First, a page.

So this one time, at BlogCamp Manchester…

5

Friday saw the second Tots100 BlogCamp, this time in Manchester. In case you haven’t heard about BlogCamp before, it’s a free workshop and networking event for bloggers, organised by the Tots100. You can see some fab pictures of the day over on our Facebook page.

Friday’s event was attended by 50 bloggers and made possible by our lovely partners at TalkTalk, with refreshments sponsored by Creative Tourist. A big thanks to our sponsors and to everyone who came along on the day.

So, what did we learn?

First up, Jen from  A Little Bird Told Me talked about how you can make your blog stand out when there may be 50 other blogs writing about the same topics and products as you. Her top tips included:

  • When a PR offers you a product to review, don’t be afraid to go back to them with a counter-proposal showing how you could do something that fits in with your blog’s aims and tone
  • Take your own photos. Someone might imitate your content or tone, but you’re the only person who can take THOSE pictures. Even better, put YOU into your pictures – make your blog all about YOU and it will immediately be unique
  • Write your blog as you talk – when you chat to people there will be little phrases and words that you use more than others – let your writing reflect that
  • Understand your value. If a brand offers you a £5 product in return for lots of work or content, don’t be afraid to say, “there’s not enough in this for me. Can we talk about…” and suggest what would make it worth your while. It’s a cliché, but if you don’t value you, then nobody else will.

Next up, Muireann from Bangs and a Bun talked about how she developed her blog into a brand, and how she makes a living from blogging. Her advice included:

  • If you don’t want people to know you write a blog, write a journal and hide it under your bed. Otherwise, let everyone know – at school, at dinner parties – if they don’t know what a blog is, just say you write a ‘lifestyle website’ and let them discover it for themselves
  • Never miss an opportunity to get a new reader. Muireann leaves business cards with her blog address everywhere she goes – buses, hotels, meeting rooms. As she says, “fight for every page impression and every single reader”.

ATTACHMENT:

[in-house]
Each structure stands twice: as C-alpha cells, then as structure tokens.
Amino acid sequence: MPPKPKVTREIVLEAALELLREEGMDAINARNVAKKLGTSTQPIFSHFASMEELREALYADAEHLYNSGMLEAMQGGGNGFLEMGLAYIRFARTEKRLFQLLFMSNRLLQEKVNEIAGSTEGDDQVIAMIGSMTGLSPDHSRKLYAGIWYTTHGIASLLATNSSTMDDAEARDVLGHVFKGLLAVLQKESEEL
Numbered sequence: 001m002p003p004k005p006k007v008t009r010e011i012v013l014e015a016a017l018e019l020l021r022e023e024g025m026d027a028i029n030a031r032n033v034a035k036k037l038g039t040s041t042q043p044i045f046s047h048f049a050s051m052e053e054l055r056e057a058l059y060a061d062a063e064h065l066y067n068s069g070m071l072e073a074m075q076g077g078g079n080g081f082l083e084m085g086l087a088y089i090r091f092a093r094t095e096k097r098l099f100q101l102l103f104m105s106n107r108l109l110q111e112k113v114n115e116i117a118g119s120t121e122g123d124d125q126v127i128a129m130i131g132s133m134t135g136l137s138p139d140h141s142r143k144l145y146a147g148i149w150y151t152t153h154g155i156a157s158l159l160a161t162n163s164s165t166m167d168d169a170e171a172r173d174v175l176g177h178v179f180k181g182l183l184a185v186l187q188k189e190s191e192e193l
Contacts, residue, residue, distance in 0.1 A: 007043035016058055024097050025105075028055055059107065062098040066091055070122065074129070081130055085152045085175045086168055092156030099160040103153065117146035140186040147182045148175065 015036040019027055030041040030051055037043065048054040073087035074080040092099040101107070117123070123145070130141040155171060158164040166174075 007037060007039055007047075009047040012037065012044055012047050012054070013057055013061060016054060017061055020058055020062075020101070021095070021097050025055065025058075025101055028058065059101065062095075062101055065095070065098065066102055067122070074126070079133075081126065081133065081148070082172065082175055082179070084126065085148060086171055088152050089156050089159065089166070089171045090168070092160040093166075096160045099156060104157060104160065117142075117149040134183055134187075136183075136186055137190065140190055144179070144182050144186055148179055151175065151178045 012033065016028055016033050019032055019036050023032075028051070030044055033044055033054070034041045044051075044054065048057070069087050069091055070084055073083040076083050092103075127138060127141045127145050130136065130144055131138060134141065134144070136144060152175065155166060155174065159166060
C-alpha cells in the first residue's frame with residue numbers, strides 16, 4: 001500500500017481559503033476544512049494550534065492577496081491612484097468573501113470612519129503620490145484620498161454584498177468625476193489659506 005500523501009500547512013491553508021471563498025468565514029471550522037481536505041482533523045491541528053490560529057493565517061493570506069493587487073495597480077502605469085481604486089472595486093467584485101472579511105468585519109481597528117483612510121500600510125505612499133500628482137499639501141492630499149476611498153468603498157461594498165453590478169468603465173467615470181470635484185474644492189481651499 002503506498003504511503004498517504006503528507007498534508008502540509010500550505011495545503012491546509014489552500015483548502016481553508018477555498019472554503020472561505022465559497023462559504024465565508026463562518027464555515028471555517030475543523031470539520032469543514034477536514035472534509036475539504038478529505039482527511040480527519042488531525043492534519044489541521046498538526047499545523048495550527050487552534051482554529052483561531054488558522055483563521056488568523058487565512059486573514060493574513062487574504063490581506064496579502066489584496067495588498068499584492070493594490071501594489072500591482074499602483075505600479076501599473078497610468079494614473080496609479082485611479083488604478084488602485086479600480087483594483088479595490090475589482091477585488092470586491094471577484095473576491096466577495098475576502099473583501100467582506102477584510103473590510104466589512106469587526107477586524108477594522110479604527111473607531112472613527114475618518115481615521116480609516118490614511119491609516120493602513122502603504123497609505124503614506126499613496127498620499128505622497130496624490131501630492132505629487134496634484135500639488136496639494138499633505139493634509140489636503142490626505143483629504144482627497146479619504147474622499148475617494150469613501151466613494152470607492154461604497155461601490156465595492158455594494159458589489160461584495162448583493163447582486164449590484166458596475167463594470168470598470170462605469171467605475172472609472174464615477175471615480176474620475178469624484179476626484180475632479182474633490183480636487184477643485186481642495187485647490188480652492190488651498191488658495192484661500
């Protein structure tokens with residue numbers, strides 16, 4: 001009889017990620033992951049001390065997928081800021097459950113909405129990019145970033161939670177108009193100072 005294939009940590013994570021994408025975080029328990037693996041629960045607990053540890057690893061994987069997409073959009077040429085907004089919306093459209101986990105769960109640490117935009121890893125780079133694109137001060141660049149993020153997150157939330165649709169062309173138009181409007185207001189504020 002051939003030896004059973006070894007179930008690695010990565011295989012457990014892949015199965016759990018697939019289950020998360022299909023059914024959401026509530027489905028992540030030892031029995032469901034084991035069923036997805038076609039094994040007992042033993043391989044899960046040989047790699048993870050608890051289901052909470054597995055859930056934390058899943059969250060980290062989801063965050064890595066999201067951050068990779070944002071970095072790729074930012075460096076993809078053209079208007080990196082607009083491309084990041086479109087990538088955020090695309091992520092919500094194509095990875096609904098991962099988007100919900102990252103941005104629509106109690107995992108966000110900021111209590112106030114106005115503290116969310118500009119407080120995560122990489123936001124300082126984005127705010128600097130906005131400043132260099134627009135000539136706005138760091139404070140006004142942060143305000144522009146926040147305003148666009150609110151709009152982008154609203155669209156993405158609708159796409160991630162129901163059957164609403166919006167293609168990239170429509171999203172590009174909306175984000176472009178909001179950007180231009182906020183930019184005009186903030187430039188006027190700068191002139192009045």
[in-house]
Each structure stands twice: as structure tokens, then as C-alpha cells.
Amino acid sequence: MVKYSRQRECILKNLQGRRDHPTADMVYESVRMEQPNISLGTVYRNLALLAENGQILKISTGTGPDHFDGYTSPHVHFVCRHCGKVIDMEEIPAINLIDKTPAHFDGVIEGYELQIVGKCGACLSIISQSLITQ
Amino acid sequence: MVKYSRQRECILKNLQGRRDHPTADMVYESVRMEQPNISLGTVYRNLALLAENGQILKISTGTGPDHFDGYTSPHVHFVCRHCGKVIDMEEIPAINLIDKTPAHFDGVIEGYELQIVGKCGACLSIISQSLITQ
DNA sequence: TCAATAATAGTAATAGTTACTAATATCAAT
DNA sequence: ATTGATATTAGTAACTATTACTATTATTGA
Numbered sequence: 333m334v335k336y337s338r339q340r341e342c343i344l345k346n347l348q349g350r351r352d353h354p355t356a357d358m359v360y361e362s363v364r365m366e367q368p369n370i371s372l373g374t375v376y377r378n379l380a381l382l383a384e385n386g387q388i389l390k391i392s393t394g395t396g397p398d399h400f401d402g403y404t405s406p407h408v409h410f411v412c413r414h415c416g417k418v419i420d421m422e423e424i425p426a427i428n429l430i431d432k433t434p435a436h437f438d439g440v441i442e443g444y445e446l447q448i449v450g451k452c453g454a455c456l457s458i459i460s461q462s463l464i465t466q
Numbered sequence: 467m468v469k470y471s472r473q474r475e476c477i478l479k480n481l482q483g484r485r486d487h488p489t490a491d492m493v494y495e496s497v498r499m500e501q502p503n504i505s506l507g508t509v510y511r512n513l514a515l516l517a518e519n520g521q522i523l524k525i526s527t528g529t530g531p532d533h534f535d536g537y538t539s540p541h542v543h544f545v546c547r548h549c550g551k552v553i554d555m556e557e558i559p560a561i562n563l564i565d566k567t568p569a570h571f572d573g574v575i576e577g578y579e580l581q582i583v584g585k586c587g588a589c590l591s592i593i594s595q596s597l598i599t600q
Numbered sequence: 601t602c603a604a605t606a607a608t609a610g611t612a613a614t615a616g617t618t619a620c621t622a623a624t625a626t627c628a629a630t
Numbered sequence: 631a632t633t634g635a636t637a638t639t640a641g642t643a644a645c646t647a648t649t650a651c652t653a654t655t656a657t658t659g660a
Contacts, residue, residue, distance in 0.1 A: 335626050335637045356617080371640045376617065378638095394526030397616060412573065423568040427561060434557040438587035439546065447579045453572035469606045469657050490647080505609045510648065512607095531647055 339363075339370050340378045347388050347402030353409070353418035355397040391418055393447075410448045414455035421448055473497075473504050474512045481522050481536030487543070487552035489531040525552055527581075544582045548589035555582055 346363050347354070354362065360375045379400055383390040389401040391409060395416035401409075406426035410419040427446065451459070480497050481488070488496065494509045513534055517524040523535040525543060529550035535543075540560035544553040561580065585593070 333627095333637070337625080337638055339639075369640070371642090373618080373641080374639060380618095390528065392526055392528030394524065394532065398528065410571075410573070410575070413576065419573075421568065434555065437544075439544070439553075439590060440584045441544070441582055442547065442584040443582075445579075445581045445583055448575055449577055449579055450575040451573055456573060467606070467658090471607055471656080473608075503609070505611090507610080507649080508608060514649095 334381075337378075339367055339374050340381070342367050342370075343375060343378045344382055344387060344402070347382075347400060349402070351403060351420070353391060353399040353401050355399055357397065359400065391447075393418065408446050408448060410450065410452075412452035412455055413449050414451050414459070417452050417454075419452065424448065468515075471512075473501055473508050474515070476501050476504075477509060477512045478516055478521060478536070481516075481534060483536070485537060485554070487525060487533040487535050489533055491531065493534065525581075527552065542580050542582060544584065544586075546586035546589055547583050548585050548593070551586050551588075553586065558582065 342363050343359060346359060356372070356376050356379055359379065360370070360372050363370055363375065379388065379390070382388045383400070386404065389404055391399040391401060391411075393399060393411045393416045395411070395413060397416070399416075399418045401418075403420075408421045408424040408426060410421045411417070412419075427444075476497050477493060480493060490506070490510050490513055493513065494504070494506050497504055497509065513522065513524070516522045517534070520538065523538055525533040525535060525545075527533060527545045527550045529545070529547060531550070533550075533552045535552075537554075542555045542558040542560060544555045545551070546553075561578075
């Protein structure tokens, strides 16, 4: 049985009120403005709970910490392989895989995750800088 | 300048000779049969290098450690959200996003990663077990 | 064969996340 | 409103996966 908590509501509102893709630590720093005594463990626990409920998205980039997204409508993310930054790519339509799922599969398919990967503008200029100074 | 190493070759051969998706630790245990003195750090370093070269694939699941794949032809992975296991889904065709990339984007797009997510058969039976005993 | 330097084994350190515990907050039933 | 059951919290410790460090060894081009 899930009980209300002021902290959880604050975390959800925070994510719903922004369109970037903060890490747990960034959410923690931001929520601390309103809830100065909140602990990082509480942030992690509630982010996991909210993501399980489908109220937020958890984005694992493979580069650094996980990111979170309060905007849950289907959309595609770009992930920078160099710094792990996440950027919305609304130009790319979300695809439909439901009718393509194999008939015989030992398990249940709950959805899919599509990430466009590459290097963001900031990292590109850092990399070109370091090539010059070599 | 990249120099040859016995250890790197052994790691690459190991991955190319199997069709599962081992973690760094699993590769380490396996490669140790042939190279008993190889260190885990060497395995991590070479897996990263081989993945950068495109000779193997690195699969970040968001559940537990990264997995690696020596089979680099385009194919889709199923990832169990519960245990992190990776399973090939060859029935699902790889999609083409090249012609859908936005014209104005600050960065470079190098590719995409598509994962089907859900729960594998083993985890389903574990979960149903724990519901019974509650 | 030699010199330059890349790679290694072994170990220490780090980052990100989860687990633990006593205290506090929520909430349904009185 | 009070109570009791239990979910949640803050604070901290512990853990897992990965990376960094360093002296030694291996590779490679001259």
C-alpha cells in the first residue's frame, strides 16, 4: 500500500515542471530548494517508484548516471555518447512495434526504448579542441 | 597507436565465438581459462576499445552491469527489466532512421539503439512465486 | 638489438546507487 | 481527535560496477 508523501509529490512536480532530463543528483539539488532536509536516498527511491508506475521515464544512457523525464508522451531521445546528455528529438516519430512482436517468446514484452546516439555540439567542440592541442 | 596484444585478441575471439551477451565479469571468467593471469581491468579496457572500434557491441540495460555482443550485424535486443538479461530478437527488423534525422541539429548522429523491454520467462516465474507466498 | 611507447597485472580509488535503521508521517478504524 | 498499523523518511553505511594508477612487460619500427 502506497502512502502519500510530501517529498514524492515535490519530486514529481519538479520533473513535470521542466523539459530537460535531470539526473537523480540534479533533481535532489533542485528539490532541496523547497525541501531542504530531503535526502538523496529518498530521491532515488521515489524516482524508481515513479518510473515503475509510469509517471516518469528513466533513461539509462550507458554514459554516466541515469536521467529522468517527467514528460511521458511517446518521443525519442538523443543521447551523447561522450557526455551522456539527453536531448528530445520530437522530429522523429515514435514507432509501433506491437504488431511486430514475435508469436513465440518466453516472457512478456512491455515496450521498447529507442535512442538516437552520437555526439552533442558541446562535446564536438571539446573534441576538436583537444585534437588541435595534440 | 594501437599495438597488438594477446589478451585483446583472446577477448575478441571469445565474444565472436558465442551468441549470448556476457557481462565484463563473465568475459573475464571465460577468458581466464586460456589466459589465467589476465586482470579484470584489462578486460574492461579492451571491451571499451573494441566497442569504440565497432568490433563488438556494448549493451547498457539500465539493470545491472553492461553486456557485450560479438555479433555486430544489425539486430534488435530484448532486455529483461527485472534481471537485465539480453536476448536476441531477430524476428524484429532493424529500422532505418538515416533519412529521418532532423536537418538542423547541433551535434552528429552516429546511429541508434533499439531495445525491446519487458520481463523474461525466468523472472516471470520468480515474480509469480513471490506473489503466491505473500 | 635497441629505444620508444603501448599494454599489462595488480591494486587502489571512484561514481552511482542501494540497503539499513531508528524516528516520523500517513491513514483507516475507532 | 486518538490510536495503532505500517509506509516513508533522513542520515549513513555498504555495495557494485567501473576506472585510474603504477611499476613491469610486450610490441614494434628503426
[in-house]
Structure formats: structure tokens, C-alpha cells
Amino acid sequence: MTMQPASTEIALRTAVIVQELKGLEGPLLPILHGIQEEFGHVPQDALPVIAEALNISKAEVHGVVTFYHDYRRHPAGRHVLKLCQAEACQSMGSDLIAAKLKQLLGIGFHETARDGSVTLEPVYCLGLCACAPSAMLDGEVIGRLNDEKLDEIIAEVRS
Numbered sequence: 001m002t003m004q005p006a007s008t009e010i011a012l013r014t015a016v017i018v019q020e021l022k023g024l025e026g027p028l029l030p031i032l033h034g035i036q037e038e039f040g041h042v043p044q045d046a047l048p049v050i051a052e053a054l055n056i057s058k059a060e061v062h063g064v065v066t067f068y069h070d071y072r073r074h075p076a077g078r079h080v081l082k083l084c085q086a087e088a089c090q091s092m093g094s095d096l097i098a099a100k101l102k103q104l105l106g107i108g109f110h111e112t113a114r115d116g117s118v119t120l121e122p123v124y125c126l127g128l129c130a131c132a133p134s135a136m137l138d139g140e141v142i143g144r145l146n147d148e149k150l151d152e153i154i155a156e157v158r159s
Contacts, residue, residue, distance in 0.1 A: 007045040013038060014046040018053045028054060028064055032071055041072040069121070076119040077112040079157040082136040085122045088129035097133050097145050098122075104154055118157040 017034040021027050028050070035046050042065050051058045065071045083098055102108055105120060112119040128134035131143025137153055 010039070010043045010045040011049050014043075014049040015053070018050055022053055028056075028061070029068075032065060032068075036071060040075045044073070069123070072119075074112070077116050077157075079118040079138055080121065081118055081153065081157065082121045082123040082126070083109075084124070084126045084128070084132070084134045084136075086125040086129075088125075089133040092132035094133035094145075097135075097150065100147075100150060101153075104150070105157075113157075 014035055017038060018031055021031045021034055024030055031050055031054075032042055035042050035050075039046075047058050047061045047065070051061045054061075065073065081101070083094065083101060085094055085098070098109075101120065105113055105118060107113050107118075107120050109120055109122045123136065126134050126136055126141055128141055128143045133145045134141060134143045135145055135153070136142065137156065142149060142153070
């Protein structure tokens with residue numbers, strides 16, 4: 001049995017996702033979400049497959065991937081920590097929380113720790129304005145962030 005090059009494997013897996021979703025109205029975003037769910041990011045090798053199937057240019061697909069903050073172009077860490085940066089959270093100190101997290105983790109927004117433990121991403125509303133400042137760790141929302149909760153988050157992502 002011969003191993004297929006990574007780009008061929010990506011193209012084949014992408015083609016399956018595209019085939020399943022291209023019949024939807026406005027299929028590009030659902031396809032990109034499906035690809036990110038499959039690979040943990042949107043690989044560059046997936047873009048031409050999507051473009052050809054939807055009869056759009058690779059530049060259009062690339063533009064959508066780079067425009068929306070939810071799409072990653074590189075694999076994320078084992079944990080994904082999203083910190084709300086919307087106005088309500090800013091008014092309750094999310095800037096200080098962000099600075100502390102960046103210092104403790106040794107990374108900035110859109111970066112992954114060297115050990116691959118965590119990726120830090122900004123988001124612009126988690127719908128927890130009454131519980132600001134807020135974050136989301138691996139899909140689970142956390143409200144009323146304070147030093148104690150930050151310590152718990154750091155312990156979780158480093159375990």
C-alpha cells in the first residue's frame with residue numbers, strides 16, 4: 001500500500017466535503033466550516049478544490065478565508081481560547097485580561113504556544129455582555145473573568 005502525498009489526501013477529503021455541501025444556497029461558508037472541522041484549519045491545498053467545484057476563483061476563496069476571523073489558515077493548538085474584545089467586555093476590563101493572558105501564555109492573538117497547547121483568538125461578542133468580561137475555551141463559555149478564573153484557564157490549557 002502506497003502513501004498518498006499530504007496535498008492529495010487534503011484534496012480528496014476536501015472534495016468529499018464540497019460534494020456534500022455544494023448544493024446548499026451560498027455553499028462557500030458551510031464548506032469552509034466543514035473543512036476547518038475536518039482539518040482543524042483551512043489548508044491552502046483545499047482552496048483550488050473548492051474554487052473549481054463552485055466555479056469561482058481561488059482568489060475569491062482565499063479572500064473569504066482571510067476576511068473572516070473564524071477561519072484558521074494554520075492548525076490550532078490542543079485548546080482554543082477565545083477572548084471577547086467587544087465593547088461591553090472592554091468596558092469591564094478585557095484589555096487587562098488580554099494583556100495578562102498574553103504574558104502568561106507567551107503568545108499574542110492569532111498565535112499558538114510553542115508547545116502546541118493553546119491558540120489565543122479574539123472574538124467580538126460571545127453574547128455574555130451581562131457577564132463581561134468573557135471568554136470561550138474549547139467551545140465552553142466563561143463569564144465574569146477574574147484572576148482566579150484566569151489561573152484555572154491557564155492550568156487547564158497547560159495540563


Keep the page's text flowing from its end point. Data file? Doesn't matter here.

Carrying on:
• Don’t let negative comments knock you off track. If you’re at all interesting, some people will hate your guts – you don’t need to know why. Don’t moderate negative comments “crazy people have a right to their say, too” – but don’t respond to them or waste energy worrying about them

Our third expert speaker of the day was Daffyd Prichard from Cite – a design agency, who talked about principles of good web design and also offered some tips on delegates’ own blogs and how they might be improved. Daffyd’s advice included:

  • If you have sidebars, then always ensure your main column is at least 60% of the total page width
  • Try not to use black text on a white background – dark grey is much easier on the eye
  • Most people read websites in a predictable way – looking across the top of the page first, then down the left hand side, occasionally flitting across to look at fragments and keywords. This means the easiest design for people to understand has clear navigation at the top of the page, and a sidebar on the left.
  • Different people understand information differently so it’s good for your home page to offer different ways to access content – perhaps using category tags, or drop down menus and a navigation bar.
  • Your home page should entice people to discover your site further so avoid having a long list of full posts – having short teasers and a ‘read more’ button will increase the likelihood of people staying on your site, and it’s also useful for SEO.

 

BlogCamp workshops are FREE for qualifying bloggers and we’re already planning events in Bristol, Brighton and an event in London for later in the year. These events are very popular so if you’d like to attend, we’d suggest signing up to our mailing list to be first to hear when tickets become available for your chosen event.

If you’ve written a post about BlogCamp Manchester, then do add a link to it below!

 

Sally Whittle is founder of the Tots100, Foodies100, Trips100 and the Flea Retreat. When she's not working, she can be found blogging at Who's the Mummy, or having fun with her 13 year old daughter, Flea.

Discussion5 Comments

  1. I have found the advice here really useful apart from the very last one regarding a short teaser and a “read more” button. This is something that has me running from blogs and puts me off reading them. It is very rare that I would go back to a blog written in this way as I just want to be able to scroll and read. Am I the minority?

  2. I like the read more thing. You can see a few more posts on the homepage so there might be another that sounds interesting. It’s only one click!

So You Know...

As you've likely heard and seen, there's an increasing focus on the authenticity of follower growth and engagement on social platforms across the Influencer Marketing community. The platforms themselves have taken measures to deter inauthentic activity and brands now more closely scrutinise the audiences of the influencers with whom they are partnering.

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